Disputes between tenants and landlords are going unresolved because of funding problems in the Private Residential Tenancies Board (PRTB).
The PRTB was established in 2004 to set up a national register of landlords and to provide a dispute resolution service for tenants and landlords. However, resource constraints have delayed hearings and a failure to pursue landlords through the courts has left tenants out of pocket.
Bob Jordan, director of the housing charity Threshold, said the PRTB was set up as a “cheap and speedy” alternative to the courts for landlords and tenants.
“We work with people day in, day out on really low incomes and most of them would be in receipt of rent supplement or social welfare. They’re relying on the PRTB completely when it comes to resolving their dispute.
“However, it can now take up to a year for someone to have a dispute over the return of a deposit heard.”
When the PRTB finds in favour of a tenant, it issues a determination order against the landlord. If the landlord refuses to comply, the PRTB must pursue that landlord through the courts.
However, Mr Jordan said increasingly the PRTB is not pursuing its own decisions
“They’re not pursuing landlords who don’t comply with their own orders through the courts. This has the possibility of completely undermining the PRTB in our eyes.”
A number of cases were highlighted by RTE’s Prime Time programme last week. In one case, two tenants were awarded unprecedented damages of €16,400 following their violent illegal eviction from their rented accommodation. However, the PRTB has not pursued the landlord for the money, and so far the tenants have received nothing.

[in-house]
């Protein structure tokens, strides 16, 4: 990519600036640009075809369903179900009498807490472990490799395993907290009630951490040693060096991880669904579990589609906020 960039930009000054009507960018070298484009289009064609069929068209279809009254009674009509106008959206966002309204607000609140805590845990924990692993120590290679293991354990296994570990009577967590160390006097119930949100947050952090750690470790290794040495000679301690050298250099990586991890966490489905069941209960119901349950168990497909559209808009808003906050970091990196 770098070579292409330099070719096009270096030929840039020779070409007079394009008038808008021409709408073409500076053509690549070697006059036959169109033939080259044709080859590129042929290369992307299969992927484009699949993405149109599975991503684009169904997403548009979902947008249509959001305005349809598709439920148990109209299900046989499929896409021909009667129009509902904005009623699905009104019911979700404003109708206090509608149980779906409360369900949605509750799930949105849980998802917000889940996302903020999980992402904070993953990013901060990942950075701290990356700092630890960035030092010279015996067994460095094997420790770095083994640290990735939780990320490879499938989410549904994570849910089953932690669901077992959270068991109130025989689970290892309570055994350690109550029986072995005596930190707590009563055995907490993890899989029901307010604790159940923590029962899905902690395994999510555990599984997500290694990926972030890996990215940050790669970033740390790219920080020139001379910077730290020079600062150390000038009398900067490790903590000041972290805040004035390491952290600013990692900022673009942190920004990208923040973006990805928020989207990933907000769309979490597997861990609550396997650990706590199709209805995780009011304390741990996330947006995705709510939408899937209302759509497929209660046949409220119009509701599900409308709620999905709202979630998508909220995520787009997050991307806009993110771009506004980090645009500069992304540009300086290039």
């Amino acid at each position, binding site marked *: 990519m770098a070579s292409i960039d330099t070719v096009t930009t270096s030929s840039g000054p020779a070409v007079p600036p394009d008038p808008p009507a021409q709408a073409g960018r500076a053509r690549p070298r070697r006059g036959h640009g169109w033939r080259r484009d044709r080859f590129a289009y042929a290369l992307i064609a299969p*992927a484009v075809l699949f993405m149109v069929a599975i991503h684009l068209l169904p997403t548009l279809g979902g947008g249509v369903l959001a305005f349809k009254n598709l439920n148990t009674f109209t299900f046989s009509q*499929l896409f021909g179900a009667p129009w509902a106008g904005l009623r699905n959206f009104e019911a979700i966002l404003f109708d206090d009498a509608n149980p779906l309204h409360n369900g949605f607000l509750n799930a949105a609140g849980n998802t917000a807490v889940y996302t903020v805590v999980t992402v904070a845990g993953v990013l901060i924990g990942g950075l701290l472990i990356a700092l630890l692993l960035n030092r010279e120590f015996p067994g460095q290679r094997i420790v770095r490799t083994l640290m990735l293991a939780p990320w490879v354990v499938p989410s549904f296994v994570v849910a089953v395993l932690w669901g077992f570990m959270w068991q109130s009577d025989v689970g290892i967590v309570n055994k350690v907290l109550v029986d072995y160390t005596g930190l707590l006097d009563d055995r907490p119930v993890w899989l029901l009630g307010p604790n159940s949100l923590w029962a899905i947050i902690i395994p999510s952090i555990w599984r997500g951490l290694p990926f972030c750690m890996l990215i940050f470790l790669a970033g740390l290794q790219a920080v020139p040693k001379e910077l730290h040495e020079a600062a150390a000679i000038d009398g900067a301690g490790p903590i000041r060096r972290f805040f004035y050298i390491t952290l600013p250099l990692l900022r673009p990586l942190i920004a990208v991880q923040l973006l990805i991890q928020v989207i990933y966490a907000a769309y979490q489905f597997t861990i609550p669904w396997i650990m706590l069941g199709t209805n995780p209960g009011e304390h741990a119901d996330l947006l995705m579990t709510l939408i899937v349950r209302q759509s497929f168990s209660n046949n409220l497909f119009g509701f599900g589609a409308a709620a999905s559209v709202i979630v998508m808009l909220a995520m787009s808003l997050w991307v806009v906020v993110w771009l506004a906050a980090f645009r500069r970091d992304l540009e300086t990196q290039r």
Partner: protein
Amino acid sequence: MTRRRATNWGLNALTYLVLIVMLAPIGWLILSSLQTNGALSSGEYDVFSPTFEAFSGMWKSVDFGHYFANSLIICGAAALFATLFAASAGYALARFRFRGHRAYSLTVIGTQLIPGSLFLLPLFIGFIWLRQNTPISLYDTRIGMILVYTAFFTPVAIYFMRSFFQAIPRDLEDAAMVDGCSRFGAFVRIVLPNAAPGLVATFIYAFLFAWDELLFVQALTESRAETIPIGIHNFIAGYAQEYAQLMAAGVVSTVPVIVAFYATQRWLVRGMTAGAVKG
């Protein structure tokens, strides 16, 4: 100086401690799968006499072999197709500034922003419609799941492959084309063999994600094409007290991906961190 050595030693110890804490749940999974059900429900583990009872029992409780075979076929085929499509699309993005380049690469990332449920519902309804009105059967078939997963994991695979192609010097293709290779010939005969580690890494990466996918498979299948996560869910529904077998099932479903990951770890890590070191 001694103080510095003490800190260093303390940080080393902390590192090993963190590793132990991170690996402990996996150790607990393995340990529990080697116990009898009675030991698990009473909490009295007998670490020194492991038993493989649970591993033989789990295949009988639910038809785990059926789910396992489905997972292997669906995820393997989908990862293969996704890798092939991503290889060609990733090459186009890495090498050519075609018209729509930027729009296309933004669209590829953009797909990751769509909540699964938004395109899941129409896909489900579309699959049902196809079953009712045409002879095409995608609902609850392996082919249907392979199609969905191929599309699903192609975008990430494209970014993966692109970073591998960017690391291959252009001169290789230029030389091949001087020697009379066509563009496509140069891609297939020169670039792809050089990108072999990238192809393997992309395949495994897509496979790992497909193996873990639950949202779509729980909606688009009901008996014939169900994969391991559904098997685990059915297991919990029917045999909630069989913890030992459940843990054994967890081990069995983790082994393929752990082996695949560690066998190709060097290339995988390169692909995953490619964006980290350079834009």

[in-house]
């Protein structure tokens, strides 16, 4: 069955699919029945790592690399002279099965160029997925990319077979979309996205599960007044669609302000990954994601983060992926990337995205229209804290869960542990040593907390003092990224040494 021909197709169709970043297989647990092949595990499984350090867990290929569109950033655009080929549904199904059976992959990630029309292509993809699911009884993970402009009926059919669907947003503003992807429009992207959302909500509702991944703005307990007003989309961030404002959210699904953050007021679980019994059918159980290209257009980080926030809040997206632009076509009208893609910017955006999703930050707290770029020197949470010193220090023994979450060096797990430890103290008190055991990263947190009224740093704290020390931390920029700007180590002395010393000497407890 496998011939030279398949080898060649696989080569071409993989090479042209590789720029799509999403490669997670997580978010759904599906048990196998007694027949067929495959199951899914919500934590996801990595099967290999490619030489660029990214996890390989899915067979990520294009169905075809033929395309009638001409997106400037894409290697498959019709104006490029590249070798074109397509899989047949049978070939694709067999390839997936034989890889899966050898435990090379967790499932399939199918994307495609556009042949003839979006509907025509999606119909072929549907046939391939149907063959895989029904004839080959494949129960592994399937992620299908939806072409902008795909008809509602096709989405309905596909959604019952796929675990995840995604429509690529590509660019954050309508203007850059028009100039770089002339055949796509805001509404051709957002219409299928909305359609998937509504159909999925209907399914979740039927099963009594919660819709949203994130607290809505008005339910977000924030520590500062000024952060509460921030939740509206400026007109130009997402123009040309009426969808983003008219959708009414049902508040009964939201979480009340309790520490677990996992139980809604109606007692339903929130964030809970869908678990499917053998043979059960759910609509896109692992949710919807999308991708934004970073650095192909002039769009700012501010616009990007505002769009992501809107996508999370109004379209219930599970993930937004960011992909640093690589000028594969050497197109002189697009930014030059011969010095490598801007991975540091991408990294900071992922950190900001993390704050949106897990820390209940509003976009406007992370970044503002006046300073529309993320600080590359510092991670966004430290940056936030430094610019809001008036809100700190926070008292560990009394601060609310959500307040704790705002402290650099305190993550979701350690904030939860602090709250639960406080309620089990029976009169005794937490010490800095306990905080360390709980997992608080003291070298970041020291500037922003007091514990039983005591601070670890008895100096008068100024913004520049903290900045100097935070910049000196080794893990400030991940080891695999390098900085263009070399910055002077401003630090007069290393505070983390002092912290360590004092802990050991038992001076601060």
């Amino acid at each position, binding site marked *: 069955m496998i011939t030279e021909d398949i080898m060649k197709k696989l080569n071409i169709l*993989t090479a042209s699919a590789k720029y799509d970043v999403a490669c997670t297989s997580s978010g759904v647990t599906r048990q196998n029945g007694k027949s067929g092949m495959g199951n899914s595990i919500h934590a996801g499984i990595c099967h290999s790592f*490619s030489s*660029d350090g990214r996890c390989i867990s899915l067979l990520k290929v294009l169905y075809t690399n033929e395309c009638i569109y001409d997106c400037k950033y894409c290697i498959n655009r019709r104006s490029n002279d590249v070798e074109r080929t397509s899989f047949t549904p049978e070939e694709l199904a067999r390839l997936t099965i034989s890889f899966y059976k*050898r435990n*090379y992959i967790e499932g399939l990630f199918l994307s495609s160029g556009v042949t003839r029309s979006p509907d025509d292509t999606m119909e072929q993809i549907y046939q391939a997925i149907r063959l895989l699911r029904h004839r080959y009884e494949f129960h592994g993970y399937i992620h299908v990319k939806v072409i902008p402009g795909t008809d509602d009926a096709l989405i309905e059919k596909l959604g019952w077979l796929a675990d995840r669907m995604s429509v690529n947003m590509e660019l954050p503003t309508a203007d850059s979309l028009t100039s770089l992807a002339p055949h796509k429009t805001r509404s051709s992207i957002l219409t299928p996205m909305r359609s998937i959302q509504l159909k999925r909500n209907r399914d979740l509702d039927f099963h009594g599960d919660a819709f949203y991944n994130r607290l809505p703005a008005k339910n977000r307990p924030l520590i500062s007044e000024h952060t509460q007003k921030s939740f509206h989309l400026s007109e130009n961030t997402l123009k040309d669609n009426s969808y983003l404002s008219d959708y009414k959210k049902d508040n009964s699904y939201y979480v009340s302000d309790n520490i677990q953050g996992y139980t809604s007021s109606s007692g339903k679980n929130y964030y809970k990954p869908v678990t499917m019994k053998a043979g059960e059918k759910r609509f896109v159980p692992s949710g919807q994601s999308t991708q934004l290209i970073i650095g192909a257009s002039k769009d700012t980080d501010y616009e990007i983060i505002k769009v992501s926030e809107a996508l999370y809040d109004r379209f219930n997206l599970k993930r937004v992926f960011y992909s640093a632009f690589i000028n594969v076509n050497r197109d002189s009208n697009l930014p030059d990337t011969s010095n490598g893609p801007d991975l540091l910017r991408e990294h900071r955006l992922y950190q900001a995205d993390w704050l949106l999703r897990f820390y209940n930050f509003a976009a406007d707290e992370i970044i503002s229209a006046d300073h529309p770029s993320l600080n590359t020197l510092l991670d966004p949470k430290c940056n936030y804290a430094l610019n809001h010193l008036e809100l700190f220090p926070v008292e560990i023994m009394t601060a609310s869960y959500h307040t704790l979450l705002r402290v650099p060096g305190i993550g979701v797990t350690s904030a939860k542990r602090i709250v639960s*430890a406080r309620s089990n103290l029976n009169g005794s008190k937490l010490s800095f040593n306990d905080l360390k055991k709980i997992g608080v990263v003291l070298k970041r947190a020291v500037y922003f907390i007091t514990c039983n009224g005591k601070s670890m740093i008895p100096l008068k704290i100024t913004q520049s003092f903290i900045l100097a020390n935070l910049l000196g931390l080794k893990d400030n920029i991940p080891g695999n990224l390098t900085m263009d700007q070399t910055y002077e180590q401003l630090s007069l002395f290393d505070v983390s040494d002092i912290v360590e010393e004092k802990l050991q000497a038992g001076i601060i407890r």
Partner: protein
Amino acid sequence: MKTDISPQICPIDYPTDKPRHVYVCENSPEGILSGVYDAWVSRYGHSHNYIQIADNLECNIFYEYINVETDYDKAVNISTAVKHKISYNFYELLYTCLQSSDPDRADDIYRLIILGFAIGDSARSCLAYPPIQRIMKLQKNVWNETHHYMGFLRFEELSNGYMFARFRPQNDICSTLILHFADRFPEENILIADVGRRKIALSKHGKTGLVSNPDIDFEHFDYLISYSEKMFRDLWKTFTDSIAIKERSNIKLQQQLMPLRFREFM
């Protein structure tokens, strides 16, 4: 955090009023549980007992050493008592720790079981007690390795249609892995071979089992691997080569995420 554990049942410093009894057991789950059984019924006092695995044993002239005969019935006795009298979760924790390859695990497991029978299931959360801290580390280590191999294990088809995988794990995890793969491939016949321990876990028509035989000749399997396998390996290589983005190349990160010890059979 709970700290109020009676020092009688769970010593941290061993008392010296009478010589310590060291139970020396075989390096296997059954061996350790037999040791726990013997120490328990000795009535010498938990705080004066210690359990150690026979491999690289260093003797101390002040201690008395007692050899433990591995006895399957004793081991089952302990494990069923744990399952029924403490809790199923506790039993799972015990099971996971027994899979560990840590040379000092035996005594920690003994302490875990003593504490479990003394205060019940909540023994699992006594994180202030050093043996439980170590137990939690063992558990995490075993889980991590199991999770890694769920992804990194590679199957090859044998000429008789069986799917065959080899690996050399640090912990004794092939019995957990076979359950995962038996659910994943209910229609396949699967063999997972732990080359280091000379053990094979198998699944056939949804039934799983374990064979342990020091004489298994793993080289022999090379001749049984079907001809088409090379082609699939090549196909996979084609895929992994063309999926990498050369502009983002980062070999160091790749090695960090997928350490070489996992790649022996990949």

In a letter sent to the tenants, the PRTB said: “Due to the very serious economic situation, the PRTB can only process a limited number of enforcement requests in any given year… under the legislation, enforcement is discretionary.”
The PRTB maintains it has lost €5.2m in exchequer funding, and is now entirely self-financing. Landlords are required by law to register their tenancies with the board, at a cost of €90 per registration. As of last August, there were 251,130 registered tenancies in the State.
Appearing before a joint Oireachtas committee on the environment last October, director of the PRTB Anne Marie Caulfield said the board had struggled to operate and improve its registrations and disputes services with 70 staff.
“Under the Employment Control Framework,” she said, “we are obliged to reduce that number to 33 by end 2013. At the same time, we will be expected to broaden our remit, to regulate the social and voluntary housing sector.”
Mr Jordan denies the problems relate solely to resourcing. The Threshold director says if the €1m spent by the PRTB annually on outsourcing legal services was brought in-house, savings could be achieved.
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